April 21, 2009
Adam Minichino - email@example.com
Small ball helped the Cleveland High School fast-pitch softball team earn the right Monday night to keep its season alive.
Lindsey Mullins’ bases-loaded walk tied the game in the top of the seventh inning, and Cleveland used three fielder’s choices to tack on three insurance runs to rally for a 5-2 victory against New Hope in game three of the Class 4A third-round playoffs at Lady Trojan Field.
Cleveland, which eliminated New Hope last year en route to the Class 4A fast-pitch state title, will face Neshoba Central for the North Half state title later this week.
“We put pressure on the defense in a tight situation like that and things just went our way tonight,” Cleveland coach David Price said. “To win these kind of games you not only have to be good but you also have to be lucky. I believe both of these teams are very good, and I believe a little bit of luck went out way in the seventh inning.”
New Hope (23-4), which beat Cleveland en route to the 2008 Class 4A slow-pitch state title, rallied from an 8-1 deficit to win game two 12-9.
The Lady Trojans scored both of their runs in game three on wild pitches. The appeared to have all of the momentum entering the final inning, particularly after reliever D.J. Sanders, a seventh-grader, replaced eight-grader Lauren Holifield in the sixth. Holifield had walked the first two in the inning, but Sanders, who came on in relief to win game two, recorded three outs in a row to snuff out the rally.
New Hope wasn’t as fortunate in the seventh inning of game three.
Sanders hit leadoff hitter Mari Micci Bramuchi and Lauren Kendall and Kendall Sizemore followed with hits. Sizemore’s came on a textbook small ball play as she punched the ball to second base to capitalize on the opening left by New Hope’s rotating defense to cover against a bunt.
“We just really stepped up and did the job,” Sizemore said. “We got our bunts down when we needed to and we got the hits when we needed to. We did a good job of getting those small hits and making them play defense.”
Cleveland then went to its small-ball attack, which uses bunts to get runners and the defense moving.
With the bases still loaded after Mullins’ walk, Katie Portner grounded to shortstop Kelli Petty, who was playing in with the rest of the infield. Petty couldn’t turn and get to second base fast enough to beat the runner, which allowed the go-ahead run to score.
After a strikeout, Paige Livingston and Min Kandies followed with bunts that New Hope fielded but held, allowing two more runs to score.
Price admitted his team hit the ball so well against Holifield in game one that he took his mind off using a small-ball attack. He said his players went cold at the plate, which allowed New Hope to regain the momentum.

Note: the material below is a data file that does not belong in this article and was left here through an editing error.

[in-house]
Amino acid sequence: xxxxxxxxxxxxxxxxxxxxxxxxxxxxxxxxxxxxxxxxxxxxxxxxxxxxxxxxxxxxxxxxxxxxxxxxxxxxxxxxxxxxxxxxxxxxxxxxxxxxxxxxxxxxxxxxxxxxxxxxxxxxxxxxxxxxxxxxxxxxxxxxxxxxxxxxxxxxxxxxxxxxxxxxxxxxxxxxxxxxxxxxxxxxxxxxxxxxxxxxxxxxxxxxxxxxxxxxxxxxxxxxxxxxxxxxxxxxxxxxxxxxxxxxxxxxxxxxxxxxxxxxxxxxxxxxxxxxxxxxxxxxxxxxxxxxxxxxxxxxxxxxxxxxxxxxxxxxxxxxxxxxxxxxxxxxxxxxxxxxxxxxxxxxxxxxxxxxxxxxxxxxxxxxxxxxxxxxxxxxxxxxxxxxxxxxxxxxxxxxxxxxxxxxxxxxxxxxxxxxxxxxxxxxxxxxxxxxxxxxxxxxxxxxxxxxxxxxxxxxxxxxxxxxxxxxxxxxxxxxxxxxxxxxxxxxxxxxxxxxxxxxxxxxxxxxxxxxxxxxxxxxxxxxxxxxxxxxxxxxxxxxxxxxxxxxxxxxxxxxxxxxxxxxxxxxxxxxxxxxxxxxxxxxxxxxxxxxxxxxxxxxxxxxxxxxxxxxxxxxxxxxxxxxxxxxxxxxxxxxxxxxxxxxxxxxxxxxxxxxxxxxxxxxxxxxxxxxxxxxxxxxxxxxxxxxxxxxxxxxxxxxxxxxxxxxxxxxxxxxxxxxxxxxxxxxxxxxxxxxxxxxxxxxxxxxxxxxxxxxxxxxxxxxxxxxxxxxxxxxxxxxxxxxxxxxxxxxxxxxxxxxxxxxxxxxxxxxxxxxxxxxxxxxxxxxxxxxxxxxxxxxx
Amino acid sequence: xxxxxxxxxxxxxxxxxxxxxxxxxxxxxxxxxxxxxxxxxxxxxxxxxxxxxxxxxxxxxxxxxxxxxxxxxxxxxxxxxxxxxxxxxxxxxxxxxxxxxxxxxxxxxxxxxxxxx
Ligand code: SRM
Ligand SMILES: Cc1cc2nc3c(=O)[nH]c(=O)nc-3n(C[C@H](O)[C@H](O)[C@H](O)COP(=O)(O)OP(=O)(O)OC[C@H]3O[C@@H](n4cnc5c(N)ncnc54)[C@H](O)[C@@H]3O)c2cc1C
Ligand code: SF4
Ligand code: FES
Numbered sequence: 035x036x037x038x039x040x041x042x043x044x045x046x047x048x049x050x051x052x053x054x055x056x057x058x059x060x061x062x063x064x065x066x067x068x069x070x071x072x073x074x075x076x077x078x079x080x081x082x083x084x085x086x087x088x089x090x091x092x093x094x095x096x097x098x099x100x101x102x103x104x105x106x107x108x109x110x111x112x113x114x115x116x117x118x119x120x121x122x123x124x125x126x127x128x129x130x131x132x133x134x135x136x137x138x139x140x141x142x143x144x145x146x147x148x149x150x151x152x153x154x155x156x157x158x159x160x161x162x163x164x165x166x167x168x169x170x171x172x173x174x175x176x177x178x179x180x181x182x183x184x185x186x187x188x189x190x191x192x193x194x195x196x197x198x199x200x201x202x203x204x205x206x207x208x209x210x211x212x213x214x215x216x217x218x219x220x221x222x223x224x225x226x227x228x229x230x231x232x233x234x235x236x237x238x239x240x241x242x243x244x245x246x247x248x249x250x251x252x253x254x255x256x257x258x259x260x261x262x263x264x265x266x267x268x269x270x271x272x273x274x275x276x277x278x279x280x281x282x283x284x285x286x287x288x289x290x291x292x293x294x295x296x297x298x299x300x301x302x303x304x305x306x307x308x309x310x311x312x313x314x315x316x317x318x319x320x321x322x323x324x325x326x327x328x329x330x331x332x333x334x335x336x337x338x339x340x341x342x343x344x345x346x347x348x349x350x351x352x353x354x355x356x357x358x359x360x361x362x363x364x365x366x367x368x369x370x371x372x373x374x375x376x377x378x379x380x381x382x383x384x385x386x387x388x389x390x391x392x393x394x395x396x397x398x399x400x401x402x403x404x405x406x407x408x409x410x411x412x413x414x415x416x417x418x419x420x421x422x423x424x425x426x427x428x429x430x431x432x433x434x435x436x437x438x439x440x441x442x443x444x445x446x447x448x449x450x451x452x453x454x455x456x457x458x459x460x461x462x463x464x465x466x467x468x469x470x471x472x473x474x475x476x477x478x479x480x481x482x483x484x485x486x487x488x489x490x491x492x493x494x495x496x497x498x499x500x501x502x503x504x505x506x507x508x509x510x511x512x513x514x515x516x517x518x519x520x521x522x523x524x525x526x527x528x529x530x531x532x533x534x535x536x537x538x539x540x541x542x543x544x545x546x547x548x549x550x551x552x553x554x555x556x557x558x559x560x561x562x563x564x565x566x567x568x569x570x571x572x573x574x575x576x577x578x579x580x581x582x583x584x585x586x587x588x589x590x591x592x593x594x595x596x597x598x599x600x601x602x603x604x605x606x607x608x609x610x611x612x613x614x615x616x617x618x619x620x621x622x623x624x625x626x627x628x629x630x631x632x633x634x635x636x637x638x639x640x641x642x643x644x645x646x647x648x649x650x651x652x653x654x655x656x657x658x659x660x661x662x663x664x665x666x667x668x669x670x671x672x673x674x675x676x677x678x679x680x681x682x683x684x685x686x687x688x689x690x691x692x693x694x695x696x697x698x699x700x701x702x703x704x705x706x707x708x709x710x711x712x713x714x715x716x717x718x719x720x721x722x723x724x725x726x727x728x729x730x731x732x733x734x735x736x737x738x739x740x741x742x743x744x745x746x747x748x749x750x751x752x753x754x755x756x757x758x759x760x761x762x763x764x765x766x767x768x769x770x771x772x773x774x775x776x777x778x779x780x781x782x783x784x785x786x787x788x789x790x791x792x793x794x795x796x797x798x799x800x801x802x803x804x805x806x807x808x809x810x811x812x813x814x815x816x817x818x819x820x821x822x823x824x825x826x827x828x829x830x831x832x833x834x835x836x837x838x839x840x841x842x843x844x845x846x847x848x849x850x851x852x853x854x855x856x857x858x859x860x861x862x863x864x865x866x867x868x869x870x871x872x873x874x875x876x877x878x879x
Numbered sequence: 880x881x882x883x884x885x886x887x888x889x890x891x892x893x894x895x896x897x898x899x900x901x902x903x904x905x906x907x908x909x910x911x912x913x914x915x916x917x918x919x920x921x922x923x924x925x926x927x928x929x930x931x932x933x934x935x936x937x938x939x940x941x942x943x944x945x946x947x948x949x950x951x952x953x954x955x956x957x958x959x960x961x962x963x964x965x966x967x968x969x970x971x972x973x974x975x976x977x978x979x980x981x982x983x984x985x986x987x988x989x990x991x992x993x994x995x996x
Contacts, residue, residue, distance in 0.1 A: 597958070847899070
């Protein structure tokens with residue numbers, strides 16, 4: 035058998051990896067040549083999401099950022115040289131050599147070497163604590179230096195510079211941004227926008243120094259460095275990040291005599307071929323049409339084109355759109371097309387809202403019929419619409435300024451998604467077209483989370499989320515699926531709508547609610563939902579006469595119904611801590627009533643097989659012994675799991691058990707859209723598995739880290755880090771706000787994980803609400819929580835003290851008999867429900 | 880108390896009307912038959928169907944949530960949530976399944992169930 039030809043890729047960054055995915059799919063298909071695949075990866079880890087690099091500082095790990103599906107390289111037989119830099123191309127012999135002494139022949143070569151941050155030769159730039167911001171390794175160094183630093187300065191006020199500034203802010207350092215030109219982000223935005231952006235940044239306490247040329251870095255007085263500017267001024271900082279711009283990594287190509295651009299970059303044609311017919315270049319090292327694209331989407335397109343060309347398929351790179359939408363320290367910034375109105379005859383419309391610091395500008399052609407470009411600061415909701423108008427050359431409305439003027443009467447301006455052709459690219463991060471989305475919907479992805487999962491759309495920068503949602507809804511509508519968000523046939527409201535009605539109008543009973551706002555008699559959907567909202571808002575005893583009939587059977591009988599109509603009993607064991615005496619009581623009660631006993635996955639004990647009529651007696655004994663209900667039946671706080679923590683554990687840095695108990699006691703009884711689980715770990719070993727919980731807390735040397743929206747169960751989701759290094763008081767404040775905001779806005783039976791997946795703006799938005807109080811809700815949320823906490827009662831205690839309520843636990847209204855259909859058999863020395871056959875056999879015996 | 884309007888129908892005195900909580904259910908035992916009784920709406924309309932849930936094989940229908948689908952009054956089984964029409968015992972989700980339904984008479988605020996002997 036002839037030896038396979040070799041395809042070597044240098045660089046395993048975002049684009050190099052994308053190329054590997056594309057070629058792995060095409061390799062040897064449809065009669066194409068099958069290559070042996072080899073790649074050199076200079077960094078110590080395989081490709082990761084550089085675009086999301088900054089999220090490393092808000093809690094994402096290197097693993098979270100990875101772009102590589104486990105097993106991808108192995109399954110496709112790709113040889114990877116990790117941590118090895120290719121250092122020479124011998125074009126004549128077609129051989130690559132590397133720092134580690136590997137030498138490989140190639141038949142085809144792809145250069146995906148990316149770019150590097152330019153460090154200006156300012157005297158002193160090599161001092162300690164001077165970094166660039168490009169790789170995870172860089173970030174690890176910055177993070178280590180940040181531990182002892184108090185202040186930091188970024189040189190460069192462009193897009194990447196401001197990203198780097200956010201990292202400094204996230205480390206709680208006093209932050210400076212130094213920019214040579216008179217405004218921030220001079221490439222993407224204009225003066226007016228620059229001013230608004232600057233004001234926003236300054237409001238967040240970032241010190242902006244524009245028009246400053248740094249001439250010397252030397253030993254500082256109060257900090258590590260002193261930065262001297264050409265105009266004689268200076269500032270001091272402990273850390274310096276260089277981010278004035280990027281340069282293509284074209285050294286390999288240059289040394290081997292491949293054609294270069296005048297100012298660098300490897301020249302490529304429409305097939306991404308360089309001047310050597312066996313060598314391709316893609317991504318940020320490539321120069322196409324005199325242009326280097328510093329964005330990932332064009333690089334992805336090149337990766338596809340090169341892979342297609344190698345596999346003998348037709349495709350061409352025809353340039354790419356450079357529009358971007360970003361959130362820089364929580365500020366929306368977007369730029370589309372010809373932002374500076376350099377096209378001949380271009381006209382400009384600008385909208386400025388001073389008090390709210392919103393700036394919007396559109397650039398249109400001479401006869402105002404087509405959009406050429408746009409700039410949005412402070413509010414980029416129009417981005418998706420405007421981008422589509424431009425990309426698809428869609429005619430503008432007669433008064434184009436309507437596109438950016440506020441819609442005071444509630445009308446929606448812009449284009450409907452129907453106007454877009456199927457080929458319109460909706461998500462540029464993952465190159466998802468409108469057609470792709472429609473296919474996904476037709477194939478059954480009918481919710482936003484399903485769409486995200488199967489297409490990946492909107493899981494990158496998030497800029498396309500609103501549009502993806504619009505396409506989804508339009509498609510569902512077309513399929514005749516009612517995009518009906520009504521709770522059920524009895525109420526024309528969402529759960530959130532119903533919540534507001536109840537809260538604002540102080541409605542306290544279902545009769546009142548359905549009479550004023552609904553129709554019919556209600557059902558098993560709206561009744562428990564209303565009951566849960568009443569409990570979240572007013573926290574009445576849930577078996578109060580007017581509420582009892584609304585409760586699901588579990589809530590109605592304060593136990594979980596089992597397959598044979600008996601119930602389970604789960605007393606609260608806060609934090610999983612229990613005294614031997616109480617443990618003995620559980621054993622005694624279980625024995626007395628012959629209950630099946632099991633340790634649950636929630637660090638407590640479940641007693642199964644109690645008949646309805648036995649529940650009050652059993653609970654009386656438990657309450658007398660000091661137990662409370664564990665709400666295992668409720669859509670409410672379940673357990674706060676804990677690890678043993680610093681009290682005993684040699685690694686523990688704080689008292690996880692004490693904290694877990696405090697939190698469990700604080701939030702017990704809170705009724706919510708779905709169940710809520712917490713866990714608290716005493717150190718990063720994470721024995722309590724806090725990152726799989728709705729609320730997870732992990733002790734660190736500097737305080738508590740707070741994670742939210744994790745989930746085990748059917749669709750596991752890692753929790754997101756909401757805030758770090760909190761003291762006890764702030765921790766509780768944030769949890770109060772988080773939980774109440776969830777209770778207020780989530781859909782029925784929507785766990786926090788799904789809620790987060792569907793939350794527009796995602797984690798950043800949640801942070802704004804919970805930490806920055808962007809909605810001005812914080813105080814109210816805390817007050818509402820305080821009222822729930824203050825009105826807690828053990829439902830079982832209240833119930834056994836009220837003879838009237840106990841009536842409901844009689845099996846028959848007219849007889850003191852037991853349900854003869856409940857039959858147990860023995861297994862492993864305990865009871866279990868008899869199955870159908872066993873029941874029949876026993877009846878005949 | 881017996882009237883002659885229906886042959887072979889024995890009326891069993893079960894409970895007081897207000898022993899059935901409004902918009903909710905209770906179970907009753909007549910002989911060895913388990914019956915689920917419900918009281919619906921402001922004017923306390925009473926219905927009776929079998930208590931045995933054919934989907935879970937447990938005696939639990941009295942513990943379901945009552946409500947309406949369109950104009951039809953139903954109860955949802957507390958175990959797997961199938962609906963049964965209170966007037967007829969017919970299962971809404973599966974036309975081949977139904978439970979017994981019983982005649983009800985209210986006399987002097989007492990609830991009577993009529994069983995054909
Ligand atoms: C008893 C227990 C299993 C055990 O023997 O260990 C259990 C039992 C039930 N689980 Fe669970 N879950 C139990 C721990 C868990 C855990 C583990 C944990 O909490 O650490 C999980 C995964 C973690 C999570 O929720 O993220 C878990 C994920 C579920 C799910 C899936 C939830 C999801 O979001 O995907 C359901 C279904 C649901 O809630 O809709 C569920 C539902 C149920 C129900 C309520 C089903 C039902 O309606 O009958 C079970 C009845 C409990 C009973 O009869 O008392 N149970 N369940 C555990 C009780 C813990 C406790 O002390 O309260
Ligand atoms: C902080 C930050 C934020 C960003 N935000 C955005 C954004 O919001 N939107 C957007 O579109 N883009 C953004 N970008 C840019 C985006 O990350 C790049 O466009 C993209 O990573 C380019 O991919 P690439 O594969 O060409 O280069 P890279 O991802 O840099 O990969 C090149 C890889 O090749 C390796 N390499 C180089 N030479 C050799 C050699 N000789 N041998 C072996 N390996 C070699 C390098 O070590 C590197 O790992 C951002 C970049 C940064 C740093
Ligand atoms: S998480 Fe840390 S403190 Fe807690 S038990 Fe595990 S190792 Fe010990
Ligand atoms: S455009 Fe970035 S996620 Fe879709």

New Hope coach Tabitha Beard said Cleveland’s experience (seven seniors) paid off in the seventh, especially when it came to executing in small-ball situations.
“We didn’t do some things we have been taught to do and that we do every day, and, ultimately, it hurt,” Beard said. “They’re an older ballclub and we’re young, and sometimes younger girls make mistakes. That’s all there is to it.”Beard said Cleveland’s ability to use small ball, like it did in the first inning of game one when it built a 4-0 lead, forced New Hope to have to make quicker decisions. Even though the Lady Trojans practice those situations daily, they weren’t able to throw the ball to the right base fast enough to get outs in several key instances.
“Coach Price knew they probably weren’t going to be real successful at the plate against D.J.,” Beard said. “They laid down the bunt and did what they had to do. He did a great job coaching, and we didn’t do a great job handling it.”
New Hope went down in order in the bottom half of the seventh inning. Kendall limited New Hope to four singles in game three. She hit one, struck out one, and walked none.
“Their pitcher is good,” Beard said. “She stepped up.”
Price said there was no doubt Kendall would start game three. He said his goal was to keep her as fresh as possible for game three.
“I kind of put those two passed balls on my catcher as much as I do on my pitcher,” Price said. “Those balls can’t go to the backstop. They cost us and hurt us badly.”
Kendall, a senior pitcher who opted not to talk after the game, regrouped after relieving starter Emily Hatcher in game two.
She didn’t last long. She was forced to leave the game after Cleveland inadvertently had too many official visits to the mound.
Kendall’s departure might have been costly. New Hope erupted for five runs in the inning thanks in part to three errors (Cleveland had five in the game) to take a 10-8.
Sanders (two hits, four RBIs) had a two-run single and Anna Hodson (three hits, three RBIs) had an RBI single in the rally.
New Hope rallied despite having five baserunning mistakes, including four that erased runners in scoring position.
Sanders came through in the sixth in the circle. She walked her first batter on four pitches and then struck out Livingston with the bases loaded on a pitch out of the strike zone to preserve a 10-9 lead
Kelli Petty also had two singles, and Haley Tutor had a single and a double.
The loss was the final game for seniors Victoria Culpepper, Kristen Harvey, and DeShuni Sanders playing for New Hope. All three are expected to play in a senior All-Star Game after the high school season is completed.
Beard said those three players epitomized the team’s fighting spirit that always kept it in a game.
“These girls have a lot of heart, and they always have,” Beard said of her team. “They don’t know the meaning of the word die. They are going to keep on fighting and scrapping. It paid off in the first game. I would have liked some off those hits in the second game, but it didn’t happen.”
Adam Minichino is the Sports Editor for The Commercial Dispatch.